But, it is not a healthy or safe place to STAY in.  My husband was similar.  I chose to handle it in the following way - feel free to ignore if it doesn't feel right to you.   I was honest both about the bad - and the good.  I didn't try to make him feel worse - and I didn't particularly try to make him feel better.  I pointed out why I had always believed he was a good man (with examples) and why I still believed he could be that man (with examples).  But I also shared that he was right - he had failed me deeply and tragically - and there were times when I was scared that I believed in him more than he believed in himself.  That if he wanted this marriage to work, he needed to dig deep and find a way to heal himself and PROVE to me that my faith was justified.  That if HE couldn't find a way to believe in himself and create the kind of self love and self value that can't BEAR to act without integrity, he would have to let me go.  

He struggled with self-hatred and anger for several years.  As we got farther and farther from DD, I would try to help him focus on all the things he was doing right vs. all the things he HAD done wrong in the past.  But mostly, i let him move through the natural guilt on his own.  It got better slowly, but only recently (in the last 6 months) did he tell me that he'd finally started really actively LIKING himself again.  That he was able to focus on all his efforts to become a more loving and generous person, to repair his relationships with me, our daughter and our extended families, and generally be a proactively GOOD person (helping others, etc) rather than think about the ways he'd failed me and himself in the past.  

I think just as our wounds and healing take a long time - their movement from self-judgement and self-hatred to a resurrection of a self they can love and feel proud of - do too.  Neither one can be rushed - or should. If they (or we) try to rush them "feel good" without sitting with the fallout of what they've done, how can they learn and grow from it?  How can they truly gain empathy and understanding?   Both types of healing - our and theirs - need to be undertaken in a way that REALLY promotes healing.  That is usually slowly - with care, time and introspection.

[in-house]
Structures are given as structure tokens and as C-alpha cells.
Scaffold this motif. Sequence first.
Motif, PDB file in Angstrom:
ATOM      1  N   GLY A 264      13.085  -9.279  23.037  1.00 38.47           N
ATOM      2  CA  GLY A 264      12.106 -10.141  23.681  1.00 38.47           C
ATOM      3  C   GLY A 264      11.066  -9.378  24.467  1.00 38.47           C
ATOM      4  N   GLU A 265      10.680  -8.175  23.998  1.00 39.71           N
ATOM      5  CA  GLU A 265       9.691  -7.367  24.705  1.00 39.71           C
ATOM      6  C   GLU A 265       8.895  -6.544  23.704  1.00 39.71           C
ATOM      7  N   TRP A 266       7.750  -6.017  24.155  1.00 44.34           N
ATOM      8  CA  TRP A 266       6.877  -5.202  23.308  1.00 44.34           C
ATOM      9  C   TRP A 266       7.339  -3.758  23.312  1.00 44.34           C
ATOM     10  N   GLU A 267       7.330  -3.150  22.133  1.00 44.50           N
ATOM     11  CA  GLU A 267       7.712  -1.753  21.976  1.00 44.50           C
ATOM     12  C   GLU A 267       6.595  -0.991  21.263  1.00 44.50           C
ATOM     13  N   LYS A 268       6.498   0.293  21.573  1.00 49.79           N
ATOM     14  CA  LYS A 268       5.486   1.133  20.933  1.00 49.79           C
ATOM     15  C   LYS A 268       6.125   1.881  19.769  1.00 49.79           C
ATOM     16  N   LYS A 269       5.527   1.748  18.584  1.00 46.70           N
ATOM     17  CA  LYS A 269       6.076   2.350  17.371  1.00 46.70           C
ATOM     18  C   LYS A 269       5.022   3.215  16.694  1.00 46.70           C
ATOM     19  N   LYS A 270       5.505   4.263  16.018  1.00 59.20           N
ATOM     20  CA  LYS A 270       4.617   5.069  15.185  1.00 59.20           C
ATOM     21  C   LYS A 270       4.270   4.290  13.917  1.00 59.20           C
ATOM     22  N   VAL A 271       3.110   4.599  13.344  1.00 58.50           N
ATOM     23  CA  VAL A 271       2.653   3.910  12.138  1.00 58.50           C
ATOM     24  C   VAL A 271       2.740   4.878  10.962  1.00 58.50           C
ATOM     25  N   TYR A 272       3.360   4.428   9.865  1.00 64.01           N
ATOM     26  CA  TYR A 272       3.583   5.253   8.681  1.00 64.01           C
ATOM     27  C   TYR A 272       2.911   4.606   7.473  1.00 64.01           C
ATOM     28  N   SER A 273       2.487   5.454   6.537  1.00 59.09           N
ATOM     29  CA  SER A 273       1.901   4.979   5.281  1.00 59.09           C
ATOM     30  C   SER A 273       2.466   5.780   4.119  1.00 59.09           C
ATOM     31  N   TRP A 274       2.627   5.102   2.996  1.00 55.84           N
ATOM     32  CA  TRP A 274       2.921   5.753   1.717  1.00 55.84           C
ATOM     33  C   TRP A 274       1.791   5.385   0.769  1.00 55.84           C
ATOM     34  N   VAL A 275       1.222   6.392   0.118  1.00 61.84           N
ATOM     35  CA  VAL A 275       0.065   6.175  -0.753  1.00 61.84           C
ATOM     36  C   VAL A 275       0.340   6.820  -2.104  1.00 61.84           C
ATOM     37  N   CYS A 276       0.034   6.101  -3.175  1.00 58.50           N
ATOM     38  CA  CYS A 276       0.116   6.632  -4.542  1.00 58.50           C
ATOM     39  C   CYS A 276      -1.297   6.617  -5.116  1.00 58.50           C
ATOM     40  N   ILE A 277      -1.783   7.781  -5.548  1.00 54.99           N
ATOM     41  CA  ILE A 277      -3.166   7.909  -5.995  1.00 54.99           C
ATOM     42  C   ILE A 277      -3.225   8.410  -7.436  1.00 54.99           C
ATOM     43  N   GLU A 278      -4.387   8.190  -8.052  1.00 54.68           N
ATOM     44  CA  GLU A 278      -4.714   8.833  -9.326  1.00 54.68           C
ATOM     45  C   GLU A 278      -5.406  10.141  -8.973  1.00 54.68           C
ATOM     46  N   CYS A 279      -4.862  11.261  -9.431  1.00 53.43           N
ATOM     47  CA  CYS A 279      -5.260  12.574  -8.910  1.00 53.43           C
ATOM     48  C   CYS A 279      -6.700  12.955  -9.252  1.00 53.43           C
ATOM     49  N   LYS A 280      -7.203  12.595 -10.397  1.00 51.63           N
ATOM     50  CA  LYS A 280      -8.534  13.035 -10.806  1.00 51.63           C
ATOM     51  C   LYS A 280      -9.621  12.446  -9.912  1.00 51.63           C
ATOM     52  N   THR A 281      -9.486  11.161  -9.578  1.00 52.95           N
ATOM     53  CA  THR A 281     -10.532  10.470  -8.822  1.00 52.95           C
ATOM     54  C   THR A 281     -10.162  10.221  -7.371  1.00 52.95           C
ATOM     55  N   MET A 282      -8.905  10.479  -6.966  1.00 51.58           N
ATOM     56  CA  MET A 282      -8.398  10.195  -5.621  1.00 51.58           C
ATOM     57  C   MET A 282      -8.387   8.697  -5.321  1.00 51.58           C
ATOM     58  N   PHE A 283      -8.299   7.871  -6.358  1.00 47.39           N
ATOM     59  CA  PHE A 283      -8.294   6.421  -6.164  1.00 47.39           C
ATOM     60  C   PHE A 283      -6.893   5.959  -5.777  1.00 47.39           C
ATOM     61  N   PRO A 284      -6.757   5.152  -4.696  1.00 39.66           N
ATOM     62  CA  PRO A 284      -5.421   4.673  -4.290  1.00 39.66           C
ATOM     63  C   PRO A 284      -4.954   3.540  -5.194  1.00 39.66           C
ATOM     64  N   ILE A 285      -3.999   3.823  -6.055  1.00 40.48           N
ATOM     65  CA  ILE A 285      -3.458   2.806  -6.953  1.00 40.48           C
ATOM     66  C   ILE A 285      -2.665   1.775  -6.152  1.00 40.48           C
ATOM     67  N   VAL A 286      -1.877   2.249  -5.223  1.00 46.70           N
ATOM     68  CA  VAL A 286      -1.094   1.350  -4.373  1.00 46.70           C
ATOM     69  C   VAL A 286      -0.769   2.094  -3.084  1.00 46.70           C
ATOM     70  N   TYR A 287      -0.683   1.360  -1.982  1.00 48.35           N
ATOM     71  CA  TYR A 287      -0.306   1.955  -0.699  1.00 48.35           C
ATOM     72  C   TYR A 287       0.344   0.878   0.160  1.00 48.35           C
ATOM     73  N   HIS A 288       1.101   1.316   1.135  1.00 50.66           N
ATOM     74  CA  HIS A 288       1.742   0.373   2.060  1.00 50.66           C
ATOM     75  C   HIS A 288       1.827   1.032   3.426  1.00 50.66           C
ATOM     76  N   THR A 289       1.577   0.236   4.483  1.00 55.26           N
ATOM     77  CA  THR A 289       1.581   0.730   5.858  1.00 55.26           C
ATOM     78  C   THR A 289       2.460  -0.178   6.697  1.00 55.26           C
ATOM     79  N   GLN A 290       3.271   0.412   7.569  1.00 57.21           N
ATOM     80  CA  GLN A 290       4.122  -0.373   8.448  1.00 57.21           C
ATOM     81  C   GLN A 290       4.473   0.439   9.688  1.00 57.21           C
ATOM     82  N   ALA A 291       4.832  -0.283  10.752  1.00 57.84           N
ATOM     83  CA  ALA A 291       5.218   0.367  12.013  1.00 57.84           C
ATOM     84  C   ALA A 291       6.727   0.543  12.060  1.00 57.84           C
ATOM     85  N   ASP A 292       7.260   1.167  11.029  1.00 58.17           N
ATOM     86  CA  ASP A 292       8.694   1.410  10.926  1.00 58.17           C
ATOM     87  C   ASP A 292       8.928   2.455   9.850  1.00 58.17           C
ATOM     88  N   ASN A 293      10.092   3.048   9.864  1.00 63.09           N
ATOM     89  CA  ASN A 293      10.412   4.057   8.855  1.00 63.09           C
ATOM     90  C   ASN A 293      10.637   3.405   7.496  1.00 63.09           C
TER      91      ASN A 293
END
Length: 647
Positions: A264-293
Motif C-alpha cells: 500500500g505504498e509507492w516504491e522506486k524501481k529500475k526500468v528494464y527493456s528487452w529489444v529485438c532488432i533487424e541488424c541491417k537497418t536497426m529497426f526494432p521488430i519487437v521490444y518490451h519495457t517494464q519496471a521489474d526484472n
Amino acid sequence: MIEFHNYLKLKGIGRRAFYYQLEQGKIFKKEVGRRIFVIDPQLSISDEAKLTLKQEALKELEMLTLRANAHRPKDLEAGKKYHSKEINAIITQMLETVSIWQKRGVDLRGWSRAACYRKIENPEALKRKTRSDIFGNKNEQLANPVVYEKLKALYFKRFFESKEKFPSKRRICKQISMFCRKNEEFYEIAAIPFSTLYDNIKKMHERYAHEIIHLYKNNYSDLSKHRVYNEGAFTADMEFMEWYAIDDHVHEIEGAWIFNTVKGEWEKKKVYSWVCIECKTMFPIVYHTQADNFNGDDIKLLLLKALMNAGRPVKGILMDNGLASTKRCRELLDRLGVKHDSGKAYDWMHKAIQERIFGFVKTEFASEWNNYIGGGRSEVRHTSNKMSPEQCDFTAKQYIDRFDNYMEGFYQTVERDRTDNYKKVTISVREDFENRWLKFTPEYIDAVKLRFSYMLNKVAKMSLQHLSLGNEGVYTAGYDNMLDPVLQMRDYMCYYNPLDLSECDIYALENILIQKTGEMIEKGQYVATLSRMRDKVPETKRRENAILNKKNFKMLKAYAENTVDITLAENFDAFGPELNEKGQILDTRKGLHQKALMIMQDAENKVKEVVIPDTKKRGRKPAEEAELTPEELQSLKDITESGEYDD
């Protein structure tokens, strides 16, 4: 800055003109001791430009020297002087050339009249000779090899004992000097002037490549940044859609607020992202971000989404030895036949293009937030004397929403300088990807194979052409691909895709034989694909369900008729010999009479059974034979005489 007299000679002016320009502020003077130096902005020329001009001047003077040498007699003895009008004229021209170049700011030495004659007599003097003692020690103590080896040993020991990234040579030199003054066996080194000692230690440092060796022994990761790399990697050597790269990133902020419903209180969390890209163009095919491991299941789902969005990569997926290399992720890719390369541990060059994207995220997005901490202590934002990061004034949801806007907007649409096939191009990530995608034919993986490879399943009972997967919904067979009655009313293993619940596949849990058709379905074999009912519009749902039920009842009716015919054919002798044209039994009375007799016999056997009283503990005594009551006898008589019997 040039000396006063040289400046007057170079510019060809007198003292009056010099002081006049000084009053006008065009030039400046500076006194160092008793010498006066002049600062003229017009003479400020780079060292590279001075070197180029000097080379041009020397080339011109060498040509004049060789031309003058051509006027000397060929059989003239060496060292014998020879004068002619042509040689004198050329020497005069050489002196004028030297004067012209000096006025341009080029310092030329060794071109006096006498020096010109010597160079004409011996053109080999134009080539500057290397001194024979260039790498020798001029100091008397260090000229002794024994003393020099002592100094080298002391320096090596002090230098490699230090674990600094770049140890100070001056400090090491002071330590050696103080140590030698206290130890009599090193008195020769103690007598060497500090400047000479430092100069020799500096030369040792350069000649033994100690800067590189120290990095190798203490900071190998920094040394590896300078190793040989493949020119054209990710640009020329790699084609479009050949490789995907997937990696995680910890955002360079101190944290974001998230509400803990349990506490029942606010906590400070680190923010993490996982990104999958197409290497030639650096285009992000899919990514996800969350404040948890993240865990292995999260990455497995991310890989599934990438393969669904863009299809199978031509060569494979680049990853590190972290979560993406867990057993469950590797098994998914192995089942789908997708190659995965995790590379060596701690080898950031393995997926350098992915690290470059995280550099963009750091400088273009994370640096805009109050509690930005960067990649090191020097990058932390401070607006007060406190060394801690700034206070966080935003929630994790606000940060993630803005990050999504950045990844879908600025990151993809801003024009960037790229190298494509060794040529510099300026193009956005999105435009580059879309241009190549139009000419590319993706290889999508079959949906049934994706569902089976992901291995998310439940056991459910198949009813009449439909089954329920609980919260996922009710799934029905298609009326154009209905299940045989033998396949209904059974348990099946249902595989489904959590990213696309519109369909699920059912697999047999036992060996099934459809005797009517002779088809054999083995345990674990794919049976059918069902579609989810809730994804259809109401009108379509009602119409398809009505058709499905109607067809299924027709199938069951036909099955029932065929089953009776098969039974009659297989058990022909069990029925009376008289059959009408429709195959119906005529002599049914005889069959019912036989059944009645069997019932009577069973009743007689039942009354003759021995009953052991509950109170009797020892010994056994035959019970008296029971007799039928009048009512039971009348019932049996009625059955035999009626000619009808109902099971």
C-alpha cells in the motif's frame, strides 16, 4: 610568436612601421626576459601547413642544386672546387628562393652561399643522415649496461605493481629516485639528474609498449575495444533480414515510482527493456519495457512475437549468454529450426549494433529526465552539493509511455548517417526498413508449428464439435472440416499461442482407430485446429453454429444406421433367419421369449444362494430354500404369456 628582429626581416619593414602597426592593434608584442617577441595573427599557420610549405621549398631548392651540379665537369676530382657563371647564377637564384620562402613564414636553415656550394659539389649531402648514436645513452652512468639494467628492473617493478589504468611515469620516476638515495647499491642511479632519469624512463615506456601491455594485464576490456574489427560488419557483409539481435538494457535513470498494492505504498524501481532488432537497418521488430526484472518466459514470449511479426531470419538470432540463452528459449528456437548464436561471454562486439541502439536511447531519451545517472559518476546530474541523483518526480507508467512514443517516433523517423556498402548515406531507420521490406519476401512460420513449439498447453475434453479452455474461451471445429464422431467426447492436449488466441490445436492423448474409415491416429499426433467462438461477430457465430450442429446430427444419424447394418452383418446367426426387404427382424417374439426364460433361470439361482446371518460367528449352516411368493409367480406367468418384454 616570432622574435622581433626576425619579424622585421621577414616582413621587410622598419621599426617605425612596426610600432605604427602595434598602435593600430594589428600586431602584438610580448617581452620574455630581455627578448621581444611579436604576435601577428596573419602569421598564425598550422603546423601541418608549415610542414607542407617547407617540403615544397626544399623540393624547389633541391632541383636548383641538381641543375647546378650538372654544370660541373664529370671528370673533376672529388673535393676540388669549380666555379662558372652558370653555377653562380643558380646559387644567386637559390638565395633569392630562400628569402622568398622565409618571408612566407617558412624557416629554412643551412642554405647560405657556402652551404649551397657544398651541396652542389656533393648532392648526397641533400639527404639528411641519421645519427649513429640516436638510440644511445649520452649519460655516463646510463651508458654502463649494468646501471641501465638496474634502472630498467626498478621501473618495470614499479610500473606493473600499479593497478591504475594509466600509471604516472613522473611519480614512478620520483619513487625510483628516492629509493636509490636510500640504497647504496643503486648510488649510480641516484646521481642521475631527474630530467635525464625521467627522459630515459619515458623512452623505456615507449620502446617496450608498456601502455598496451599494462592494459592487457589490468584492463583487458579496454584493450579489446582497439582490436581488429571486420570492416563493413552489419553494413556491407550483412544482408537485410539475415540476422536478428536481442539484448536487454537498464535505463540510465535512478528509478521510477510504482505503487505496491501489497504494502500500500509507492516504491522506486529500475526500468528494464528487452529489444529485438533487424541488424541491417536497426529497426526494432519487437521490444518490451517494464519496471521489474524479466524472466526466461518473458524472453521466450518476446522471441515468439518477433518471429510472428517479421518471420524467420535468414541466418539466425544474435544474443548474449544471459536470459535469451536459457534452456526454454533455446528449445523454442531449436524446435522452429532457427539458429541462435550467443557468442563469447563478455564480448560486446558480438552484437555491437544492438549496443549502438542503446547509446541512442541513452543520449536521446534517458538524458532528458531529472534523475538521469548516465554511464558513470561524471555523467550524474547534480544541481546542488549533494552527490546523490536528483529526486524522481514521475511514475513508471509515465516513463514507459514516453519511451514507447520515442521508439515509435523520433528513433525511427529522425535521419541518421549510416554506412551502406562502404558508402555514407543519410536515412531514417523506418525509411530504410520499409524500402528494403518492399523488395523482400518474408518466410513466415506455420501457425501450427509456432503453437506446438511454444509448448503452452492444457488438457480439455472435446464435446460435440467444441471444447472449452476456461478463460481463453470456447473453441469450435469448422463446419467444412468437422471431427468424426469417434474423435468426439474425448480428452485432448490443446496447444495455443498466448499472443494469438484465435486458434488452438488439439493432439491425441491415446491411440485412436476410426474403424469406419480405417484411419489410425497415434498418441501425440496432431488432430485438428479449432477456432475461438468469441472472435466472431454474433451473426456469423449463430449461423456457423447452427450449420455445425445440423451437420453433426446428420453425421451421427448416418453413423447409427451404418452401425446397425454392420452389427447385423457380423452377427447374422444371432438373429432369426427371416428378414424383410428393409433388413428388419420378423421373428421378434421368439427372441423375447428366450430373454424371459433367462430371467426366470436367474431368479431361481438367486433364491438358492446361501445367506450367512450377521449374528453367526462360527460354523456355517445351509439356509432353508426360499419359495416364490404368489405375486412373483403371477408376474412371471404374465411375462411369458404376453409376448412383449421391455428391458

My two cents - take it for what it is worth (which may, in fact, be less than two cents, lol).
BS - Female
Married 27 years, one adult child
DD May 2016

“When we are no longer able to change a situation, we are challenged to change ourselves.” - V Frankl
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ABCOneTwoThree

I definitely agree with Thrive’s assessment that the WS more often than not struggles with some sort of self esteem, self hatred, feelings of inadequacy, etc... I’d take it a step further and touch on the fact that most APs are the same way, even though that’s not really being covered here. 

My exWS pulled the “you’re only staying for the kids” bit quite often. It really gets under my skin when I hear it now, and think back to all the times he “accused” me of it. For him, it was a sympathy ploy, I’m not sure if you feel the same about your WS. It was a way for him to get me to lament about how much I loved him, and how much I wanted things to work. And when I didn’t give him that positive reinforcement, he’d inevitably find it somewhere else. But, I didn’t feel like expressing feelings that I didn’t actually feel, just to make him feel better was my responsibility. 

I have experience being the OW, and I have had many married men use their lack of an “emotionally/sexually fulfilling relationship” as justification for trying to hit on me, both online and in person. The point is, the more women “want” them, the better it makes them feel about themselves. But it’s a temporary high, and doesn’t address the underlying issues, so the lows set in again, their confidence plummets, and off they are again to get positive attention from whoever will give it to them. 

Formerly EasyAsABC